level 0.5dB below that where 1% THD+N or 0.3dB compression occurs (whichever comes first) at
the EUT output for a 997Hz sine wave.
Imaging components - Imaging can take place in an EUT with a D/A converter or which performs
digital up-sampling. It is manifest by the appearance at the EUT's output of a spurious frequency
component above the folding frequency by the same frequency as the stimulus is below it. It is
caused by insufficient stop-band attenuation in the EUT, and is most noticeable close to the folding
frequency. See also aliasing components.
Jitter susceptibility - The effect on an EUT of jitter present on its reference sync input (which
may also be its data input). Such effects may include jitter passed to the EUT's digital output or, if
the EUT includes A/D, D/A or SR conversion, distortion of the audio signal owing to sampling jitter.
In severe cases, loss of digital data at the EUT's input can also occur.
Standard high-pass filter - A high-pass filter with a stop-band beginning at the upper bandedge frequency of the EUT. This filter is used to measure 'out of band' components.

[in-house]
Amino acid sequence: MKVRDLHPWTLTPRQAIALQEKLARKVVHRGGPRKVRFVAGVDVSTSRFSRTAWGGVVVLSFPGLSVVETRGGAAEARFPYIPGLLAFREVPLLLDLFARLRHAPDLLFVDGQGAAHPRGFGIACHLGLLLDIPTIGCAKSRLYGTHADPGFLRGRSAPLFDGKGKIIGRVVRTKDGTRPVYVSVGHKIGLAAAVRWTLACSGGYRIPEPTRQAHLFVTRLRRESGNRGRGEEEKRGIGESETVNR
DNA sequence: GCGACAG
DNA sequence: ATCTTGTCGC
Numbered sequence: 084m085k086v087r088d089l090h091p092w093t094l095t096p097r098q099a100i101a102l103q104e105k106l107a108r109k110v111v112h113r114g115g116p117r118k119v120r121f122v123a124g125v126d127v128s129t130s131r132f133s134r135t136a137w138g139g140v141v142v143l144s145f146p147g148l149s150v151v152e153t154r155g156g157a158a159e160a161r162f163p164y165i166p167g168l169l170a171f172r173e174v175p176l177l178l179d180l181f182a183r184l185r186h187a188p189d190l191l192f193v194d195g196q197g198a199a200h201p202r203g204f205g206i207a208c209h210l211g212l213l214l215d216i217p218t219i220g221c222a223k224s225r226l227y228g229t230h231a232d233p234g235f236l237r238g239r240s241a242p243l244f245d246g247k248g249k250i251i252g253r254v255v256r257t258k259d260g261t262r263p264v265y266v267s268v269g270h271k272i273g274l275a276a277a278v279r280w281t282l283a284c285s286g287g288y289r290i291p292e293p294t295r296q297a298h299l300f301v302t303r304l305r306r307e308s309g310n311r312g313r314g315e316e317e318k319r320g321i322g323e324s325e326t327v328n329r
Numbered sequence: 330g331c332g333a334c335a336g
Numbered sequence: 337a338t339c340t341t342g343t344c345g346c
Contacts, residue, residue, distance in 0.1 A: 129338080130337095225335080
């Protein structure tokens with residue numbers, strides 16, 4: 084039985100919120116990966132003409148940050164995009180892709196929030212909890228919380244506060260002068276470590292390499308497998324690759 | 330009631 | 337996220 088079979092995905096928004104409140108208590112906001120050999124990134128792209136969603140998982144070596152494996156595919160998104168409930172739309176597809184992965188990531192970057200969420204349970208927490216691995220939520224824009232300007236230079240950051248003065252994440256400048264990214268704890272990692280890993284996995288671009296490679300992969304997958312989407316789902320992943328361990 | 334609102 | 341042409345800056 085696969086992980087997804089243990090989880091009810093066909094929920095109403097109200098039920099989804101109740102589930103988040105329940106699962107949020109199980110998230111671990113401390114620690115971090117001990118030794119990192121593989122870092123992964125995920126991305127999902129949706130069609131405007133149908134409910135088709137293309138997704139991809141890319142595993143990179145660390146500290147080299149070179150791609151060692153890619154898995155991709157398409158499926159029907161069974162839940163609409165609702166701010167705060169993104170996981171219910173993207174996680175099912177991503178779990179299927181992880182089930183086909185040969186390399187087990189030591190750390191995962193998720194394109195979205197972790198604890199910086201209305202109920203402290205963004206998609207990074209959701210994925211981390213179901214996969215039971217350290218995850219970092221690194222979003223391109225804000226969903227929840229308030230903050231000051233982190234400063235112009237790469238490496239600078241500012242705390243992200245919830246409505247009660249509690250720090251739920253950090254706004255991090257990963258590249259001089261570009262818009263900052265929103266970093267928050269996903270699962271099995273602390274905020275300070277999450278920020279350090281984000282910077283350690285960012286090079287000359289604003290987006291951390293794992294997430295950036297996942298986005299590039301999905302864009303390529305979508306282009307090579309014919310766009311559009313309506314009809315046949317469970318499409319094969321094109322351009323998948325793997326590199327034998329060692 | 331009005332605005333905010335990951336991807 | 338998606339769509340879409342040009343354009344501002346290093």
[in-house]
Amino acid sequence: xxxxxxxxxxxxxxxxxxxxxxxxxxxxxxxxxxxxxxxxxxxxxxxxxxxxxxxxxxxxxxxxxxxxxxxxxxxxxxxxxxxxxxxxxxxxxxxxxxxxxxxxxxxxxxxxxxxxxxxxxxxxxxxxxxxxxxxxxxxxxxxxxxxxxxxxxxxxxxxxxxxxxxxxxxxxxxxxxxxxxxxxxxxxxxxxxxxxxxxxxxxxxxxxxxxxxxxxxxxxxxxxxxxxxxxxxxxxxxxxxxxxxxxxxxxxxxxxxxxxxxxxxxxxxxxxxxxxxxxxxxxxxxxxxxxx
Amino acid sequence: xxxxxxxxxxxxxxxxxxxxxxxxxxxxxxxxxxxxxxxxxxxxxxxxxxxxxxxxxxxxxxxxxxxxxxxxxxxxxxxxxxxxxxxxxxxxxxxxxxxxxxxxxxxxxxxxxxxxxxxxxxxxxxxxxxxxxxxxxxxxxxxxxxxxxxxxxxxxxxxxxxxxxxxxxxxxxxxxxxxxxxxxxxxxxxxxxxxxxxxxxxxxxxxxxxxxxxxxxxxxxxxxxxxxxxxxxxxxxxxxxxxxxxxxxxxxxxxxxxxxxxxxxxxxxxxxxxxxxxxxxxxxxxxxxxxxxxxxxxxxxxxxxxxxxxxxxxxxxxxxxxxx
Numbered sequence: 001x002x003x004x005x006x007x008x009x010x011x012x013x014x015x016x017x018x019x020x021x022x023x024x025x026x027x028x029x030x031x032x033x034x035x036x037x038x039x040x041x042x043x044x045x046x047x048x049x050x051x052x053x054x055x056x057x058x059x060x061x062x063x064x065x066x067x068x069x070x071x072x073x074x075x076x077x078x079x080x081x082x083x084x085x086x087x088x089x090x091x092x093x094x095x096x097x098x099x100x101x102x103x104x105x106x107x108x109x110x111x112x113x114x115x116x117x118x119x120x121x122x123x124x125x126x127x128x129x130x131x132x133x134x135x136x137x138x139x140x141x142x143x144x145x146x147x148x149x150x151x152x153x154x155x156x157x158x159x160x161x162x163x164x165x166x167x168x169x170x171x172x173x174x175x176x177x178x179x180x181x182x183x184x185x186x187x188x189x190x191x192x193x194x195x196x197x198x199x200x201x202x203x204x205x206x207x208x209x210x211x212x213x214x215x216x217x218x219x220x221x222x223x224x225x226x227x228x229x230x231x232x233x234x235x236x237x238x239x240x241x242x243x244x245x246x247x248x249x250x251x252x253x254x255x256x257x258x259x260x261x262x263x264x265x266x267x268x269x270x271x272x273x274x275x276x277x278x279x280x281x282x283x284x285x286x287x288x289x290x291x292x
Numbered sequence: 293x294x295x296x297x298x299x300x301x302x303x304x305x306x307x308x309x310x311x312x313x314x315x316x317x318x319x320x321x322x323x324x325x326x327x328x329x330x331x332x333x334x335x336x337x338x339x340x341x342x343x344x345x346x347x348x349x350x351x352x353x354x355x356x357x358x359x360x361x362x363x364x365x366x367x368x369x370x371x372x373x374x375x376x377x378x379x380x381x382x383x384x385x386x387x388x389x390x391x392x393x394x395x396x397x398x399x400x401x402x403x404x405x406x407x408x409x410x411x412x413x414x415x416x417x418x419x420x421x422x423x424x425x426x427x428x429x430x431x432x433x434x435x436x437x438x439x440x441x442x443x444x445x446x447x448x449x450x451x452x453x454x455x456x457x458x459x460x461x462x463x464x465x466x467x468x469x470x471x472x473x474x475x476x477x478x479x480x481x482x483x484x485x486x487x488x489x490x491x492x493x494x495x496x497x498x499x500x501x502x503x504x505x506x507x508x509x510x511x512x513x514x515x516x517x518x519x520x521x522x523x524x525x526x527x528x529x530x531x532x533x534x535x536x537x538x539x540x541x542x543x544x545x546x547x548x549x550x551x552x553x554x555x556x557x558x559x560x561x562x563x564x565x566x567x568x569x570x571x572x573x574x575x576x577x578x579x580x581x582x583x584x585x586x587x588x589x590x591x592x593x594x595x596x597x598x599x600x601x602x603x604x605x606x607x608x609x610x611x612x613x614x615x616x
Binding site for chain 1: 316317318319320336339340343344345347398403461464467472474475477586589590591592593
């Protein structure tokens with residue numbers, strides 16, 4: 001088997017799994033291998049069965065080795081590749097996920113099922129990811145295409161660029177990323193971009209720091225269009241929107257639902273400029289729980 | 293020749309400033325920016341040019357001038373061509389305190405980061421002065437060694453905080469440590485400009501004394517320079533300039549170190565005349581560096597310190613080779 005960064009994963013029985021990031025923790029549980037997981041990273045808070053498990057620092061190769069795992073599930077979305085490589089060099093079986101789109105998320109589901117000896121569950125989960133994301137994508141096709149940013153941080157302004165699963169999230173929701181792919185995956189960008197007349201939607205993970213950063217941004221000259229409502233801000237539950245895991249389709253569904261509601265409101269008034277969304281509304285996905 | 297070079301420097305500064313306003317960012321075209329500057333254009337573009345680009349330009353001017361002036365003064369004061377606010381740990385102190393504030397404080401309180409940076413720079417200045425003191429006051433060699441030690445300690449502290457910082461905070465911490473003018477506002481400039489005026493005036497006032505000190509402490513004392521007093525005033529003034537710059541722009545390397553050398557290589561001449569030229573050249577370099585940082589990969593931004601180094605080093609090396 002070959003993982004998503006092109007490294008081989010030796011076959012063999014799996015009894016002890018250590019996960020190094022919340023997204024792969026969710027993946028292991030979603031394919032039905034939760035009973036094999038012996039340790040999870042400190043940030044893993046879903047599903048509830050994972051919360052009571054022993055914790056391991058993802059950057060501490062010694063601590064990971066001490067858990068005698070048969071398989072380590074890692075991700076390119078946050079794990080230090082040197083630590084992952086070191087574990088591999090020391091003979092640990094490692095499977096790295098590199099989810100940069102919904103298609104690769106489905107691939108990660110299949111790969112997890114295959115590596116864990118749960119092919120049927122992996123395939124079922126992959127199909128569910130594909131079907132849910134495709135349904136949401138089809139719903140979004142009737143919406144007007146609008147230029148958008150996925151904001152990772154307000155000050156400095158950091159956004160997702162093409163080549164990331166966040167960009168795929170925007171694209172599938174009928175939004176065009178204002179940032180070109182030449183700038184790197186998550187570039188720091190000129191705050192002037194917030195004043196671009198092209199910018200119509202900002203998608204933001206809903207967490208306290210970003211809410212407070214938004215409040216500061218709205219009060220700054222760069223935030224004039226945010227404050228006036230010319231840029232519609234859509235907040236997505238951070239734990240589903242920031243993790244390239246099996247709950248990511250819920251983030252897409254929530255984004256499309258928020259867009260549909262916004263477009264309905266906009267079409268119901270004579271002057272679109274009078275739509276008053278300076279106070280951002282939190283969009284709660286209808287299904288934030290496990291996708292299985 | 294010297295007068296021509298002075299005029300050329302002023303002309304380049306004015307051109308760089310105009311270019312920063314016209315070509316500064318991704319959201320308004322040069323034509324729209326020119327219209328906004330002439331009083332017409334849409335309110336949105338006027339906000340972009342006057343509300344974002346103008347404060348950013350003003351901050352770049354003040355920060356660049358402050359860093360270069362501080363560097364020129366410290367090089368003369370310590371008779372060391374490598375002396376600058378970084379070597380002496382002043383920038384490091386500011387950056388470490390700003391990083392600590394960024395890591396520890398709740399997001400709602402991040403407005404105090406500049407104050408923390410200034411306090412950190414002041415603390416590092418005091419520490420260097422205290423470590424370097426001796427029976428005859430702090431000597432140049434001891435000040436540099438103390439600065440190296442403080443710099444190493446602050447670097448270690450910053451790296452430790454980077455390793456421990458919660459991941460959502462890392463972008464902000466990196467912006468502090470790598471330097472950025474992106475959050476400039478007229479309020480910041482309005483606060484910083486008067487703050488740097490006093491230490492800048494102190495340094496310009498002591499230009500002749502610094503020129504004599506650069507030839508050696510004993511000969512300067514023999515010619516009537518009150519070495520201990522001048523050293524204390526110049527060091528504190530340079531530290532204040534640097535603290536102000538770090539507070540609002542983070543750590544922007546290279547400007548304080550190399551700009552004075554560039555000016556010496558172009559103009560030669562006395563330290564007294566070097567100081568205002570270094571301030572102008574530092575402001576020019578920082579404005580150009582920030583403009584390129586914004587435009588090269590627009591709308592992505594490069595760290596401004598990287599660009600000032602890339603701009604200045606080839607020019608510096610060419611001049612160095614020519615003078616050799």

Standard low-pass filter - A low-pass filter with a pass-band up to the upper bandedge frequency of the EUT. This filter is used to restrict measurements to 'in band' components.
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Standard notch filter - A band-reject filter with a Q between 1 and 5, for example the dScope's
band-reject filter at the '1/3 octave' setting.
Standard weighting filter - A weighting filter with a response according to CCIR468, but
normalised to have unity gain at 2kHz, for example the dScope's 'CCIR468–2k' weighting filter.
Upper band-edge frequency - The maximum frequency to be measured, which must be less
than the folding frequency of the EUT. In most cases, the upper band-edge frequency is 20kHz
unless this is restricted by the sample rate of the EUT. The dScope implementations of the AES17
tests always set the upper band-edge frequency to 20kHz.
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4
Dolby Digital 2-channel
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Dolby Digital 2-channel
The dScope can perform conformance testing of Dolby Digital 2-channel replay devices such as DVD
players (in conjunction with the Dolby DVD Test DVD), or set-top-boxes (in conjunction with the